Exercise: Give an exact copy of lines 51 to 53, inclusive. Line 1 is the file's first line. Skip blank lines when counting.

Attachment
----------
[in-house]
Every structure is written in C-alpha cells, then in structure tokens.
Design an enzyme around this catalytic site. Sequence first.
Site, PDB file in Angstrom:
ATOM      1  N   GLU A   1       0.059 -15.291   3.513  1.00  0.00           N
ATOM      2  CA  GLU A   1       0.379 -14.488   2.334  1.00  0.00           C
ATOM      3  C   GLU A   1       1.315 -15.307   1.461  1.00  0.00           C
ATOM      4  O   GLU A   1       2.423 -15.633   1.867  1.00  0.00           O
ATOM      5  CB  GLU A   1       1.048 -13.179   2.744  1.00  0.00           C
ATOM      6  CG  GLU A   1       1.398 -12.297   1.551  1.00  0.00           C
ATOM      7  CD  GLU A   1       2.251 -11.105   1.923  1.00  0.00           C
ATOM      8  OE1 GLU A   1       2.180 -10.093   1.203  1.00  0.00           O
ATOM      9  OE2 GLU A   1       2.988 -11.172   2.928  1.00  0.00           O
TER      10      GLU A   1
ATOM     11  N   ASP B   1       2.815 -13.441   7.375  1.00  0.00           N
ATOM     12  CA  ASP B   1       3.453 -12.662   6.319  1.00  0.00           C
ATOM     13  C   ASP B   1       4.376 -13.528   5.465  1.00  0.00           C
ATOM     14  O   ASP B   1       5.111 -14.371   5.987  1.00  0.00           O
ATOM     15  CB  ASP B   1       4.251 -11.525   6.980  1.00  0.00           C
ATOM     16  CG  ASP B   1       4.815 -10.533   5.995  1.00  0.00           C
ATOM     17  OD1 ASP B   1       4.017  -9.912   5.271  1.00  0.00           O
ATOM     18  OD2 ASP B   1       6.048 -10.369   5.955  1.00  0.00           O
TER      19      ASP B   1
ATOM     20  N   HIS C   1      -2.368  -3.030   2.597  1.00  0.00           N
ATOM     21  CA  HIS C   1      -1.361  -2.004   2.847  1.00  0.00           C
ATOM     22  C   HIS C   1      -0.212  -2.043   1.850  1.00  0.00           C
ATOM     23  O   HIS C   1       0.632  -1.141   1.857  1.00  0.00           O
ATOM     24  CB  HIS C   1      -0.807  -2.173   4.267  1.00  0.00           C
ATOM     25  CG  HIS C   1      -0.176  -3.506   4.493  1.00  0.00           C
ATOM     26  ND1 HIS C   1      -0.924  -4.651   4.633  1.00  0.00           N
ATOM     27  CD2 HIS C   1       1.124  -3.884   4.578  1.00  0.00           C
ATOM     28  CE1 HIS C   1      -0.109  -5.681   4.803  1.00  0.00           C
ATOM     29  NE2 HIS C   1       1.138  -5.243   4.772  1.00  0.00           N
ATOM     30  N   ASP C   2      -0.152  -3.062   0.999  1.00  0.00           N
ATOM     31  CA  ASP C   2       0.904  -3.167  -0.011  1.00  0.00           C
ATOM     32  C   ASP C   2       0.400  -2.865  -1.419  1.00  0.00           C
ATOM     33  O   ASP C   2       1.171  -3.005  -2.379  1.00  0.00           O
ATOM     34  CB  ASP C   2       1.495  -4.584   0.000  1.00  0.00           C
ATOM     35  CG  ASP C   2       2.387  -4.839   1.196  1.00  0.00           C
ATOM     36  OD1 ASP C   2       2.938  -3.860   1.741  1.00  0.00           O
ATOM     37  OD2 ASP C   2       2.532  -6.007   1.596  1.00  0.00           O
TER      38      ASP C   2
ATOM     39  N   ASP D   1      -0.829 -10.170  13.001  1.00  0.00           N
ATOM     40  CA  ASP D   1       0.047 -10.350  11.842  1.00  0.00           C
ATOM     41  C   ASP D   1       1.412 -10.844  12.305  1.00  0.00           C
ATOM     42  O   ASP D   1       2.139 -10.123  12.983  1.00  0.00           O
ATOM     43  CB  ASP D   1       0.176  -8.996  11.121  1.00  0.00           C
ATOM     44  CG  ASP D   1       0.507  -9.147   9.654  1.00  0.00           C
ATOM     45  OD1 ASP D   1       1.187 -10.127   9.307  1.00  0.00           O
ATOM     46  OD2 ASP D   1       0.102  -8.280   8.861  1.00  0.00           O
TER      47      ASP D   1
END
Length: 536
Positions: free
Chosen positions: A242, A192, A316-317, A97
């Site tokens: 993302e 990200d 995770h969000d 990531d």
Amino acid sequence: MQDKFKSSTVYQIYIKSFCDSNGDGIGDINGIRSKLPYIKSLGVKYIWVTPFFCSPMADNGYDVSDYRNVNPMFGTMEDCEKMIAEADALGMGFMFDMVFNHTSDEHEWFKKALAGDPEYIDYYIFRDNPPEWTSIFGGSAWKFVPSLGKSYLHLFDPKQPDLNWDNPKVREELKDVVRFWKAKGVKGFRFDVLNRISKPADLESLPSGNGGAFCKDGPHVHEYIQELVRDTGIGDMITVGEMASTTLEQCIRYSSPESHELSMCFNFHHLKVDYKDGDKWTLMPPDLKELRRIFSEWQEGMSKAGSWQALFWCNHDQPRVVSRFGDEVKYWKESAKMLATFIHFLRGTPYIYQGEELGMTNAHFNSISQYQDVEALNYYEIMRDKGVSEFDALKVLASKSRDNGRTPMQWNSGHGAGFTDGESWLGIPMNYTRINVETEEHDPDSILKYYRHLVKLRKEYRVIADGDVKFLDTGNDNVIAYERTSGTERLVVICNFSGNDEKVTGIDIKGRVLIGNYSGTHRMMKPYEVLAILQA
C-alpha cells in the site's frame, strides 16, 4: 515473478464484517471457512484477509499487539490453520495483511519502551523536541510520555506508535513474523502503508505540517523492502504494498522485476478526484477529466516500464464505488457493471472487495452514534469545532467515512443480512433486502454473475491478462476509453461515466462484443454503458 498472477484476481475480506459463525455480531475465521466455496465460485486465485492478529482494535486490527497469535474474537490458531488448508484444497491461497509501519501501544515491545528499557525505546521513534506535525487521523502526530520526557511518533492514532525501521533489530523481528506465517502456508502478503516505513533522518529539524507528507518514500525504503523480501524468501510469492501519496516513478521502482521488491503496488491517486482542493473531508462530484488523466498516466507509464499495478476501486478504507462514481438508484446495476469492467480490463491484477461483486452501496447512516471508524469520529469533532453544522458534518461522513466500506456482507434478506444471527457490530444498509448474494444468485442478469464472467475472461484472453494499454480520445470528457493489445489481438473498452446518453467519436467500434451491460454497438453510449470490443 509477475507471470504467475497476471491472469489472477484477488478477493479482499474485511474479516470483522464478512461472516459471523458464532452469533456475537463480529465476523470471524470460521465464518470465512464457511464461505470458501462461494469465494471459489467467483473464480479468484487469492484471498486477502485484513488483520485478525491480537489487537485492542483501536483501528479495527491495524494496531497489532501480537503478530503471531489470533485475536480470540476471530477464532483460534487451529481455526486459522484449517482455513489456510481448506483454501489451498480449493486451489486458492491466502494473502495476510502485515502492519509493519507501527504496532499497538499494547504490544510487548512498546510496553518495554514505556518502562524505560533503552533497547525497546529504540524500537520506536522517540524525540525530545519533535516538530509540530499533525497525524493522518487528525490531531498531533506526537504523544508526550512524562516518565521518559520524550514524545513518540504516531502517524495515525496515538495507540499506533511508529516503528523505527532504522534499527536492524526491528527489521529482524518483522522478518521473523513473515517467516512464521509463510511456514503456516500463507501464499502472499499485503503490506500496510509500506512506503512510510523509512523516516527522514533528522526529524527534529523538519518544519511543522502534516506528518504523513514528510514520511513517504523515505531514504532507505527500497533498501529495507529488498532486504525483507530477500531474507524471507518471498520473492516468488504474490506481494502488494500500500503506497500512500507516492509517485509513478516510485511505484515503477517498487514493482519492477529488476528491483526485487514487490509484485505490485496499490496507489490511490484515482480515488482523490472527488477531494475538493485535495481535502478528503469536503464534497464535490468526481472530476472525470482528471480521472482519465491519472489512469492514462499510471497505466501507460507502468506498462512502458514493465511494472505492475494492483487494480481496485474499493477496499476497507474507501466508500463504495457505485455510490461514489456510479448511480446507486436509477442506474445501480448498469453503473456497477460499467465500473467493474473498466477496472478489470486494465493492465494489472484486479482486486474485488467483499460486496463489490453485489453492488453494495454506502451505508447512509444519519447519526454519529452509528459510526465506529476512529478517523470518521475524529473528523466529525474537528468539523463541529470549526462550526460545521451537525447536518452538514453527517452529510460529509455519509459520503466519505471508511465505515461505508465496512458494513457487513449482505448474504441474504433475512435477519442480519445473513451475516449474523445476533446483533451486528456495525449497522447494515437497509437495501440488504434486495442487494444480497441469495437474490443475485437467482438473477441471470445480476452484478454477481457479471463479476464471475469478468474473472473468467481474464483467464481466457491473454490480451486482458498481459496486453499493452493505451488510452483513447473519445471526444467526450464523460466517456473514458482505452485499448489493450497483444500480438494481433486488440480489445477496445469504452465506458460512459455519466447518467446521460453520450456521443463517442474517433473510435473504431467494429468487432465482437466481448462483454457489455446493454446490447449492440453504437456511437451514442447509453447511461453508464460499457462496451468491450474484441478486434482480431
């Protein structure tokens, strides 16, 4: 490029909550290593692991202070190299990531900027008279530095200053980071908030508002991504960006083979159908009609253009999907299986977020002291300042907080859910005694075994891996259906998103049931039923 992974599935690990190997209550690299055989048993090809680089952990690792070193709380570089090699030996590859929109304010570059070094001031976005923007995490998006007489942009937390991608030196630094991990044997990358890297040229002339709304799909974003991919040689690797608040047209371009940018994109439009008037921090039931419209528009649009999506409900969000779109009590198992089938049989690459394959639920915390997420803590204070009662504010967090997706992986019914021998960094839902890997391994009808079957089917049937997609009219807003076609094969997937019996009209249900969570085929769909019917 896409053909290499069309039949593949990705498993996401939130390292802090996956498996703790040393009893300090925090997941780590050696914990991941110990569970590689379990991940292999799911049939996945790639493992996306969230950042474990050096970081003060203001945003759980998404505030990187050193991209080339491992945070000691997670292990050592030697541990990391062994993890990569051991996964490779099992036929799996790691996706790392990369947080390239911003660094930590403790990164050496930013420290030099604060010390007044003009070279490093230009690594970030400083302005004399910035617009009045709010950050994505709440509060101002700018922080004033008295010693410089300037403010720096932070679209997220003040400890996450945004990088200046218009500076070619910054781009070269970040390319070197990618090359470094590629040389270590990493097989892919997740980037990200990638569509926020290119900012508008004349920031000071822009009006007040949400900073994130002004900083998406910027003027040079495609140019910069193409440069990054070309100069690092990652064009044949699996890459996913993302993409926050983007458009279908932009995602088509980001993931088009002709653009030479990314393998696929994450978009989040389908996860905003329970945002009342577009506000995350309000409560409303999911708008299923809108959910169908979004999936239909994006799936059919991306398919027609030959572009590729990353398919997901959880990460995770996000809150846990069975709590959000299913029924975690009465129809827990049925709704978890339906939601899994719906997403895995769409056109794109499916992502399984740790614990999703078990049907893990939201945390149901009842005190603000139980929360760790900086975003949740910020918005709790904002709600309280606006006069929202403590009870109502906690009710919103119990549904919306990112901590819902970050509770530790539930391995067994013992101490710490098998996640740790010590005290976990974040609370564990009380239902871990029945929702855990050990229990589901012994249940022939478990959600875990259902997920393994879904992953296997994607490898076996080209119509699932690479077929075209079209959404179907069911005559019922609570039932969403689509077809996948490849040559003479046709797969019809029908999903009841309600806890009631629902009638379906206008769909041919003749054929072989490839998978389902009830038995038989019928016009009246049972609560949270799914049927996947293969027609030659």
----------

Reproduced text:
TER      47      ASP D   1
END
Length: 536